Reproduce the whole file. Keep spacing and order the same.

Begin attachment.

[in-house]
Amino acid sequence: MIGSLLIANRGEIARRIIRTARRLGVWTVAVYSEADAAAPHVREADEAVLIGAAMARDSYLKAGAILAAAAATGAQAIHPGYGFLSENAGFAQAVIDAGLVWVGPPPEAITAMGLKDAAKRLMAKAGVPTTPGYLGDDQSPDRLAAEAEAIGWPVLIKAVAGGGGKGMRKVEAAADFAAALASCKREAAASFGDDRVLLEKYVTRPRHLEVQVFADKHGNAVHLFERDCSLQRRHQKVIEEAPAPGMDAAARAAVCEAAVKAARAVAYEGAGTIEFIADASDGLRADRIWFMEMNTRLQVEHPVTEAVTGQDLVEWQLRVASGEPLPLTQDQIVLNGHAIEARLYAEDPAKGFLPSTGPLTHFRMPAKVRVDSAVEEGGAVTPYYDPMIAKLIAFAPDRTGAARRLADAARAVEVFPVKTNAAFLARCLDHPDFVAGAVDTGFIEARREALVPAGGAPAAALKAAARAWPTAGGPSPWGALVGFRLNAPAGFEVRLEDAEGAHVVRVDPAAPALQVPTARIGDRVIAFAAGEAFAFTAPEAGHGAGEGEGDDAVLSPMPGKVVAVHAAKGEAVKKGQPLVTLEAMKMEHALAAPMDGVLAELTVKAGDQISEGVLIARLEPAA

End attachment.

[in-house]
Amino acid sequence: MIGSLLIANRGEIARRIIRTARRLGVWTVAVYSEADAAAPHVREADEAVLIGAAMARDSYLKAGAILAAAAATGAQAIHPGYGFLSENAGFAQAVIDAGLVWVGPPPEAITAMGLKDAAKRLMAKAGVPTTPGYLGDDQSPDRLAAEAEAIGWPVLIKAVAGGGGKGMRKVEAAADFAAALASCKREAAASFGDDRVLLEKYVTRPRHLEVQVFADKHGNAVHLFERDCSLQRRHQKVIEEAPAPGMDAAARAAVCEAAVKAARAVAYEGAGTIEFIADASDGLRADRIWFMEMNTRLQVEHPVTEAVTGQDLVEWQLRVASGEPLPLTQDQIVLNGHAIEARLYAEDPAKGFLPSTGPLTHFRMPAKVRVDSAVEEGGAVTPYYDPMIAKLIAFAPDRTGAARRLADAARAVEVFPVKTNAAFLARCLDHPDFVAGAVDTGFIEARREALVPAGGAPAAALKAAARAWPTAGGPSPWGALVGFRLNAPAGFEVRLEDAEGAHVVRVDPAAPALQVPTARIGDRVIAFAAGEAFAFTAPEAGHGAGEGEGDDAVLSPMPGKVVAVHAAKGEAVKKGQPLVTLEAMKMEHALAAPMDGVLAELTVKAGDQISEGVLIARLEPAA